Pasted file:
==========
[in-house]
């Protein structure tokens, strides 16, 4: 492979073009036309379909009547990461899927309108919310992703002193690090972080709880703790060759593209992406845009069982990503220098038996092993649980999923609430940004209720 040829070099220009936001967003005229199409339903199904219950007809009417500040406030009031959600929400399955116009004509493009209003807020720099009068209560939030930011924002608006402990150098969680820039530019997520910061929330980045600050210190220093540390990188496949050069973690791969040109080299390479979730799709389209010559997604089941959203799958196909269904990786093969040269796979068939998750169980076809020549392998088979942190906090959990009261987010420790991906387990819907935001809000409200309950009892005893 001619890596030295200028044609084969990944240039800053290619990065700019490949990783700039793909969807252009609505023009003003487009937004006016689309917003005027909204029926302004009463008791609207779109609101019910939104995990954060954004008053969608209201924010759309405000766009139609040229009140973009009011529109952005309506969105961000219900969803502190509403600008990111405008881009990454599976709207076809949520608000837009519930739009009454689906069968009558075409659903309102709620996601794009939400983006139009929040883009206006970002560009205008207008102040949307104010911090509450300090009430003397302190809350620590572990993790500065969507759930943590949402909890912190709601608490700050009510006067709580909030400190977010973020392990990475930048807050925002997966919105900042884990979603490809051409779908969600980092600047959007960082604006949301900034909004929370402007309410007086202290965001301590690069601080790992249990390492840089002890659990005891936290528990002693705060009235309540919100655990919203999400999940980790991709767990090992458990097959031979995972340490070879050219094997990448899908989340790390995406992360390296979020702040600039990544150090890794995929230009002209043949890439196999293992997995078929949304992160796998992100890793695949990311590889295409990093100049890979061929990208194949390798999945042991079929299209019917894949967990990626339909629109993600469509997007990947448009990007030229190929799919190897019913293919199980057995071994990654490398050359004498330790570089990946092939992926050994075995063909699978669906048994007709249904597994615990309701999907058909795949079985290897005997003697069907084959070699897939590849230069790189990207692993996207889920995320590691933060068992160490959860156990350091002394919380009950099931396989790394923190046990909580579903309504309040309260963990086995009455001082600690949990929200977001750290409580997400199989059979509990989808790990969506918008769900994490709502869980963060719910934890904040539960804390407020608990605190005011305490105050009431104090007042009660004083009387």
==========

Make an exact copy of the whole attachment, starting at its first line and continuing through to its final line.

[in-house]
């Protein structure tokens, strides 16, 4: 492979073009036309379909009547990461899927309108919310992703002193690090972080709880703790060759593209992406845009069982990503220098038996092993649980999923609430940004209720 040829070099220009936001967003005229199409339903199904219950007809009417500040406030009031959600929400399955116009004509493009209003807020720099009068209560939030930011924002608006402990150098969680820039530019997520910061929330980045600050210190220093540390990188496949050069973690791969040109080299390479979730799709389209010559997604089941959203799958196909269904990786093969040269796979068939998750169980076809020549392998088979942190906090959990009261987010420790991906387990819907935001809000409200309950009892005893 001619890596030295200028044609084969990944240039800053290619990065700019490949990783700039793909969807252009609505023009003003487009937004006016689309917003005027909204029926302004009463008791609207779109609101019910939104995990954060954004008053969608209201924010759309405000766009139609040229009140973009009011529109952005309506969105961000219900969803502190509403600008990111405008881009990454599976709207076809949520608000837009519930739009009454689906069968009558075409659903309102709620996601794009939400983006139009929040883009206006970002560009205008207008102040949307104010911090509450300090009430003397302190809350620590572990993790500065969507759930943590949402909890912190709601608490700050009510006067709580909030400190977010973020392990990475930048807050925002997966919105900042884990979603490809051409779908969600980092600047959007960082604006949301900034909004929370402007309410007086202290965001301590690069601080790992249990390492840089002890659990005891936290528990002693705060009235309540919100655990919203999400999940980790991709767990090992458990097959031979995972340490070879050219094997990448899908989340790390995406992360390296979020702040600039990544150090890794995929230009002209043949890439196999293992997995078929949304992160796998992100890793695949990311590889295409990093100049890979061929990208194949390798999945042991079929299209019917894949967990990626339909629109993600469509997007990947448009990007030229190929799919190897019913293919199980057995071994990654490398050359004498330790570089990946092939992926050994075995063909699978669906048994007709249904597994615990309701999907058909795949079985290897005997003697069907084959070699897939590849230069790189990207692993996207889920995320590691933060068992160490959860156990350091002394919380009950099931396989790394923190046990909580579903309504309040309260963990086995009455001082600690949990929200977001750290409580997400199989059979509990989808790990969506918008769900994490709502869980963060719910934890904040539960804390407020608990605190005011305490105050009431104090007042009660004083009387």